Under Fire Summary
Under Fire takes a look at World War I in a thematic way. Initially, it brings out a picture of elderly men observing the war beginning from on high, without a true care in the world as they are tended to in a sanatorium. They discuss whether it will be the last war and who will win while observing the battles going on below.
Down on the front, men are on watch and guarding their trenches. They eat putrid meals and drink terrible coffee while covered in dirt and grime. They discuss the scale of the war and the evil of their enemies while waiting for more battles to occur. Civilians bring mail and ask them about their situation.
The men get their mail and gossip about what the future holds for them, whether they will be sent to another front soon, perhaps in Egypt, or if they will be sent to the French Riviera for a rest.
Voltpatte, one of the soldiers, is severely injured during a battle, nearly losing his ears. He is sent to the rear to receive medical care and is pleased to get a chance at rest for a while. When he returns, however, he expresses outrage at the laziness of the men who prefer to stay in the hospital and shirk their responsibility, but he is told to allow them their rest.
Another man, Eudore, gets a fortnight of leave to spend with his family, and his wife applies for a permit to go to his village and meet him there, but she is denied, and Eudore spends half his time waiting for her to arrive. After traveling to meet her and coming across other soldiers along the way, he ends up with only one night at home, during which they shelter the other soldiers. Ultimately, he has to leave without truly spending time with his family.
A third soldier Poterloo, breaks rank and surreptitiously spends time with German soldiers in German towns. However, he comes across a house where his wife is spending time with German soldiers as well, and he returns to the front distraught and burdened.
Four of a group of brothers are killed during the war, and the others are unfazed by it. They decide that they must kill the spirit of war, but it is too tough a task as everyone is only focused on killing the enemy. The book ends philosophically, debating whether war is something that can ever truly end.
High up in the mountains, the rich old men have every type of medical care at their sanatorium. When an obsequious servant softly tells them that war has begun, they take the news in various ways. One says that France must win; another thinks it will be the last war. Far down on the plain, they can see specks, like ants, hurrying to and fro. Those thirty million men, in their common misery, hold great power in their hands. When they become miserable enough, they will stop wars.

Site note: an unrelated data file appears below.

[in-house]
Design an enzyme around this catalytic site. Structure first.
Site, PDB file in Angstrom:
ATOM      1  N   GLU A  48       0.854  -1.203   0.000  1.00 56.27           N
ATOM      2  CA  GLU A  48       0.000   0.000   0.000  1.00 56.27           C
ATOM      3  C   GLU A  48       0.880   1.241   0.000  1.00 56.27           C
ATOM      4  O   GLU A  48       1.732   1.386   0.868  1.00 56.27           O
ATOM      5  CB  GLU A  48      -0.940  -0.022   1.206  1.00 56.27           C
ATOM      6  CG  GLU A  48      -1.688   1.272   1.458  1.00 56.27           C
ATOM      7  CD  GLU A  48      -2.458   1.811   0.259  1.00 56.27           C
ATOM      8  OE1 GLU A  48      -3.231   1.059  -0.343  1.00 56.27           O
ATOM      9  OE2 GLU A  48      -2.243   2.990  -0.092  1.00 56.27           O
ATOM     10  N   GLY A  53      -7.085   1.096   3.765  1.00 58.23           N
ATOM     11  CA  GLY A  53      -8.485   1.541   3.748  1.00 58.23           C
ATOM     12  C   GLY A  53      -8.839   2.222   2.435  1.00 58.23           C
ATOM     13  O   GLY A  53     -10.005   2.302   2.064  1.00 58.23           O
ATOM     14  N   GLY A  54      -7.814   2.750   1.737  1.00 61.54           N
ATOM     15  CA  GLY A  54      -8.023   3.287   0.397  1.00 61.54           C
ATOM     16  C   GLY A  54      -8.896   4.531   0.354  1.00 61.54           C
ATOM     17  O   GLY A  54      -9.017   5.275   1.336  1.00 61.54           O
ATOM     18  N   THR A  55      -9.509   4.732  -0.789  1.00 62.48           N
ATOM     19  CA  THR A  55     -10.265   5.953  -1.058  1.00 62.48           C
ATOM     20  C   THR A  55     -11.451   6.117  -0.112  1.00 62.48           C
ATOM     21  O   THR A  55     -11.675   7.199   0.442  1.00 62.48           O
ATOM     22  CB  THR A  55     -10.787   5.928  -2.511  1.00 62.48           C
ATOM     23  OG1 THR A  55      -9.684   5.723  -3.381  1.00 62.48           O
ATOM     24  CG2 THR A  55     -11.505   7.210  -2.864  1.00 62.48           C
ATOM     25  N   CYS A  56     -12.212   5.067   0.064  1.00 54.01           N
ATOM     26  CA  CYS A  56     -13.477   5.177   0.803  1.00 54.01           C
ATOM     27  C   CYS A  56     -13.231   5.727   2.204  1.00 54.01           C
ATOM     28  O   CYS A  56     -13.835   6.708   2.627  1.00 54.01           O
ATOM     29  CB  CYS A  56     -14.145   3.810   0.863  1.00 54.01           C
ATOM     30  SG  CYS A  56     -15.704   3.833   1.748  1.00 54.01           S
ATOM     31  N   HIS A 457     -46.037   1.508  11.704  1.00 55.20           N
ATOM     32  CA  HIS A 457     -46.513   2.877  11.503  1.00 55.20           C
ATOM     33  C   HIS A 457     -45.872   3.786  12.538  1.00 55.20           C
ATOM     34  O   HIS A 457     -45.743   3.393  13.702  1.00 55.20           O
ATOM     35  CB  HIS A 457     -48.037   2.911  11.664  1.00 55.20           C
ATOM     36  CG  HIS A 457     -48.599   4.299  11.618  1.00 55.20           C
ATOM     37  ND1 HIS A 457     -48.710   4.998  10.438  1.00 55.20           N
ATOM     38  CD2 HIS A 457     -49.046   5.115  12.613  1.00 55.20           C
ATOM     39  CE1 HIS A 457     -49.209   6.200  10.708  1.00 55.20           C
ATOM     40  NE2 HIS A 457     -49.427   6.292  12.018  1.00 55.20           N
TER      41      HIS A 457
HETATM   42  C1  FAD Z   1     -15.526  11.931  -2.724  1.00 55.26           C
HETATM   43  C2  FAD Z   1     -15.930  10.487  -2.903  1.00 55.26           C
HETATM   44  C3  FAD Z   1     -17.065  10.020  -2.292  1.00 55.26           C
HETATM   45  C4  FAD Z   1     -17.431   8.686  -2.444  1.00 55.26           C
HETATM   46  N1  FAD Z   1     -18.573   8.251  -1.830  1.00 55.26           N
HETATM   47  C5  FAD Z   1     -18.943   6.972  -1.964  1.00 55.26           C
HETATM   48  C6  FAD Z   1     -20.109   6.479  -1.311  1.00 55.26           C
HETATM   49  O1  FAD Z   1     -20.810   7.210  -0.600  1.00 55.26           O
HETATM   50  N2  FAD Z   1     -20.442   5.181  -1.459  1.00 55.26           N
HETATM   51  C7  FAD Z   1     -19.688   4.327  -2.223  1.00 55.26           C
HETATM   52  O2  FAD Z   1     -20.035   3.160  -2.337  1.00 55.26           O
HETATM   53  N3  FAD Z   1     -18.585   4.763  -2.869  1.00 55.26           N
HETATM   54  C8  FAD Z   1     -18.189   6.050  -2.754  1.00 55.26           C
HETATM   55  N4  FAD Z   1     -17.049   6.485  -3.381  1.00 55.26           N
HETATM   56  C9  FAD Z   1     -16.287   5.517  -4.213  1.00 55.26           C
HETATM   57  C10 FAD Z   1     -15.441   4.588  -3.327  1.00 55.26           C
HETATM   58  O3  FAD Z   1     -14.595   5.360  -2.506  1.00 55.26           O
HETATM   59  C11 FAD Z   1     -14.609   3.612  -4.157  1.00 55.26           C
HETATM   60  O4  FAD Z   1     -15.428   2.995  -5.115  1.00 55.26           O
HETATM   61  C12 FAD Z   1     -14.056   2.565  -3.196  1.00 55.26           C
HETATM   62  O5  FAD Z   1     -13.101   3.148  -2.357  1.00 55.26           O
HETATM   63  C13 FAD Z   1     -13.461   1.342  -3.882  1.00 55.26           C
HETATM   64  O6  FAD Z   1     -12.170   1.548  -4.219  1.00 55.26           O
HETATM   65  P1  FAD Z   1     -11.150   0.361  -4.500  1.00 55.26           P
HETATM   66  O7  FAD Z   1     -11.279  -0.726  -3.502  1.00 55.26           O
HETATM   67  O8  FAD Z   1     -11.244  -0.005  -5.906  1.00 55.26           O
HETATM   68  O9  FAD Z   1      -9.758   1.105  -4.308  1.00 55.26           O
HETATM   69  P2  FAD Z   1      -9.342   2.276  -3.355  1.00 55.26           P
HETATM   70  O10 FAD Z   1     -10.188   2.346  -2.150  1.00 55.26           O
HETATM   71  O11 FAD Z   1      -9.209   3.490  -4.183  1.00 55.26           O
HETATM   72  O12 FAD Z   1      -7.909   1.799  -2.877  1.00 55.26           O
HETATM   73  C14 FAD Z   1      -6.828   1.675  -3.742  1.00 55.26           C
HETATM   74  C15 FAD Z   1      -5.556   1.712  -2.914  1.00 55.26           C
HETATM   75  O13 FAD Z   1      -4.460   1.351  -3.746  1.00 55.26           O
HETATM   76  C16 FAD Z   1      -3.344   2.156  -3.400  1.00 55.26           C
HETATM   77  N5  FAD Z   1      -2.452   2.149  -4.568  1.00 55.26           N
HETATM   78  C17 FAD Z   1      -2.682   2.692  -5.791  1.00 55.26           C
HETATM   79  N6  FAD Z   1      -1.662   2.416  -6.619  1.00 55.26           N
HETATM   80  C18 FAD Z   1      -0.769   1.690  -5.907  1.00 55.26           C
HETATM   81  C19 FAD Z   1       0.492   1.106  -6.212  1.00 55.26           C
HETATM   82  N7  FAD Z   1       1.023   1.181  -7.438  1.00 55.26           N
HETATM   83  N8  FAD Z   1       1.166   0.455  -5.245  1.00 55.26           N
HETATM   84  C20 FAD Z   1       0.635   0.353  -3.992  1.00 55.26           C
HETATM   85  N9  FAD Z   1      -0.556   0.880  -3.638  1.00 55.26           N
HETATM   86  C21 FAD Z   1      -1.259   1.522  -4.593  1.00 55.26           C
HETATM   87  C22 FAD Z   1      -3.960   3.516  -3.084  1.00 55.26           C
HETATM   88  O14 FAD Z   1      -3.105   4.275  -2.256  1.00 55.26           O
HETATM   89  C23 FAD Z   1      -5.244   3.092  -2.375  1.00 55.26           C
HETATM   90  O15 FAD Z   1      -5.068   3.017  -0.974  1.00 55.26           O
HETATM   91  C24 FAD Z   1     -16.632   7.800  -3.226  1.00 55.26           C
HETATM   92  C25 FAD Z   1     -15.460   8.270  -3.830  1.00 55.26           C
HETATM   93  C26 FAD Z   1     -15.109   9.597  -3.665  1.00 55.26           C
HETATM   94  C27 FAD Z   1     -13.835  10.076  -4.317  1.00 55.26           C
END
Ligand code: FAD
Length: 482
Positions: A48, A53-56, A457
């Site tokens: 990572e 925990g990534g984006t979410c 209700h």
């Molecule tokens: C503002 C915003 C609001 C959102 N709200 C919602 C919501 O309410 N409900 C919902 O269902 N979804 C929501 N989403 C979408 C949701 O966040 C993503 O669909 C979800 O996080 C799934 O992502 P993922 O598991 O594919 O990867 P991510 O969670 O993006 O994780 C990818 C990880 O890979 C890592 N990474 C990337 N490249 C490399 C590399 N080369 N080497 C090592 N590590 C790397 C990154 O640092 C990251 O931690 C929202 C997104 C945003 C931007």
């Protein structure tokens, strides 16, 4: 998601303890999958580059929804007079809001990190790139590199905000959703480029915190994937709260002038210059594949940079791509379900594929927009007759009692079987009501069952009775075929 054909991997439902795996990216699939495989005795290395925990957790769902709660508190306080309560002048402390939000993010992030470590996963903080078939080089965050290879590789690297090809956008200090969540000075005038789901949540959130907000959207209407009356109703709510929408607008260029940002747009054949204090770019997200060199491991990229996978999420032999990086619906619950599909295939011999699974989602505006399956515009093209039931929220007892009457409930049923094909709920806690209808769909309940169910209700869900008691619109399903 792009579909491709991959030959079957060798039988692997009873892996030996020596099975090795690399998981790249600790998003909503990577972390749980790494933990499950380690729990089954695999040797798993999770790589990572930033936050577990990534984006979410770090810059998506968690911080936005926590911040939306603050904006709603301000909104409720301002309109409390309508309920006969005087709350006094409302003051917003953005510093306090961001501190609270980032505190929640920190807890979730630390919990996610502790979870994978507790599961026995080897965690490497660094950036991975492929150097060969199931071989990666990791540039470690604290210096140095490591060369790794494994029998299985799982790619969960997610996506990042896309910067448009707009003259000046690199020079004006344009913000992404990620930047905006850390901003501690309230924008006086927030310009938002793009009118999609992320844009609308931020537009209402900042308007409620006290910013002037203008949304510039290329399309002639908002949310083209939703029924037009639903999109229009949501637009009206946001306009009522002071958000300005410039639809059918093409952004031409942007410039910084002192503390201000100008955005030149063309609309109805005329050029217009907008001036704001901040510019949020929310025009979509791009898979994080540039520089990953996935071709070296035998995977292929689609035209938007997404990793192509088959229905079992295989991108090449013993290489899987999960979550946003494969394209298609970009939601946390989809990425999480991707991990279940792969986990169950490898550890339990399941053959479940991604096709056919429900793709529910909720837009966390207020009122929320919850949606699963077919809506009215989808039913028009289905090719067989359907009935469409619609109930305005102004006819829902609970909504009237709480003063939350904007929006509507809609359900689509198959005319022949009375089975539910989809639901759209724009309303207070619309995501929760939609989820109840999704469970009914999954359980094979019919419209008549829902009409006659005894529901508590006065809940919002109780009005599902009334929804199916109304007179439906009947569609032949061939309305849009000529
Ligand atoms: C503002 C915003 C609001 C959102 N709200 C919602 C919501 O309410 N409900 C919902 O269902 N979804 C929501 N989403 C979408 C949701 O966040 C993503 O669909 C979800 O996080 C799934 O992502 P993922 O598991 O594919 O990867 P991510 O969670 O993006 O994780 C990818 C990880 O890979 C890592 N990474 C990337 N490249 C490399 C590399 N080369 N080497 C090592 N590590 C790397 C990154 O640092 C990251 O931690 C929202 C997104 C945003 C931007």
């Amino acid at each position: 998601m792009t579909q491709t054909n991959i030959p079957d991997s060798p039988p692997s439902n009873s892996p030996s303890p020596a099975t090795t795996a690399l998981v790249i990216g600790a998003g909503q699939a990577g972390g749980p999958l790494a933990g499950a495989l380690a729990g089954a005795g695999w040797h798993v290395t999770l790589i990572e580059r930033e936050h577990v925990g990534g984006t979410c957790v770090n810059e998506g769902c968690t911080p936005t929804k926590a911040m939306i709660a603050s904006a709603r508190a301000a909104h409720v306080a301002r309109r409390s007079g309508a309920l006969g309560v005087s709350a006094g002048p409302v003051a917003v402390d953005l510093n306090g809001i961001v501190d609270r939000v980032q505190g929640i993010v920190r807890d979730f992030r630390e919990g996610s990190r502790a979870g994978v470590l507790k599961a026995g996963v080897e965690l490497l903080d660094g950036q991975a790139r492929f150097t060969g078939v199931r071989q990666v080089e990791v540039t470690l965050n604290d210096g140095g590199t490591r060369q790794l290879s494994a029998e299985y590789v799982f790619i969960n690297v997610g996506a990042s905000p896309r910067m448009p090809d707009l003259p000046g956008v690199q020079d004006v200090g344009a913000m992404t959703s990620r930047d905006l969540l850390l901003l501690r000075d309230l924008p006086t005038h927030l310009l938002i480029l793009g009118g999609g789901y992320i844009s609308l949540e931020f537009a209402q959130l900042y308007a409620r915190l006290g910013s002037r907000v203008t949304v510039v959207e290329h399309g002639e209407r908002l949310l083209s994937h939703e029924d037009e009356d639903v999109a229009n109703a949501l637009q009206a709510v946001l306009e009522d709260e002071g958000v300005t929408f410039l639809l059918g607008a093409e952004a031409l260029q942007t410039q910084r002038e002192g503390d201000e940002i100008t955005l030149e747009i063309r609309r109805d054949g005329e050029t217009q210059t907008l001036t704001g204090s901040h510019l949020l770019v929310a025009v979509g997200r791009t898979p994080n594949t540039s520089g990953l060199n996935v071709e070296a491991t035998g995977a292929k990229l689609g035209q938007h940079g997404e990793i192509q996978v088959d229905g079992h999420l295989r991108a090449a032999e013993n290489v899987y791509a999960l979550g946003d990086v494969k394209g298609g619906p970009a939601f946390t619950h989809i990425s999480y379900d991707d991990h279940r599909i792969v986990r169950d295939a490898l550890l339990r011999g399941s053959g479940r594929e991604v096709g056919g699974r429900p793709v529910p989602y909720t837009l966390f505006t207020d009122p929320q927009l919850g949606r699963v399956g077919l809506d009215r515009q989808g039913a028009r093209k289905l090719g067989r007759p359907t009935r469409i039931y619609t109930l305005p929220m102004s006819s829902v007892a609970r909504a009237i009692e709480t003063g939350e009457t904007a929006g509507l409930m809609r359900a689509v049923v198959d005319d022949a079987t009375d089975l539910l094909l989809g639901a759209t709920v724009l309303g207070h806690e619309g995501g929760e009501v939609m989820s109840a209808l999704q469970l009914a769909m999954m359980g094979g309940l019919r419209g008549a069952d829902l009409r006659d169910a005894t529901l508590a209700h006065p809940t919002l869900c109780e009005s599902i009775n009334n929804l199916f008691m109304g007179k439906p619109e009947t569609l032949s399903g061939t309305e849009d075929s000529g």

The soldiers come out of the dugouts in the morning to the sound of rifle fire and cannonading. They wear fantastic dress against the cold, the damp, and the mud, and all are incredibly dirty. As they stumble out into the trenches, they reach inside their clothes to scratch their bare skins. As they walk along the trench, the oozy mud releases each foot with a sticky sigh. Bertrand’s squad, holding a secondary trench in the reserve line, is getting ready for another day. Lamuse, the ox man, is puffy around the eyes; he had been on fatigue duty during the night.
Three breathless fatigue men bring up the breakfast. One of the squad, Paradis, asks what is in the cans. When the mess man merely shrugs, Paradis looks in the cans and sees that they hold kidney beans in oil, bully beef, pudding, and coffee.
One man explains to his neighbor the arrangement of the trenches, for he has seen a military map and has made calculations. There are more than six thousand miles of trenches on the French side and as many more on the German side. The French front is only an eighth of the total world front. Just to think about it makes one feel more insignificant, and it is terrible to imagine so much mud. The only possible way to look at the whole matter is to concentrate on dislodging the...
(The entire section is 1,639 words.)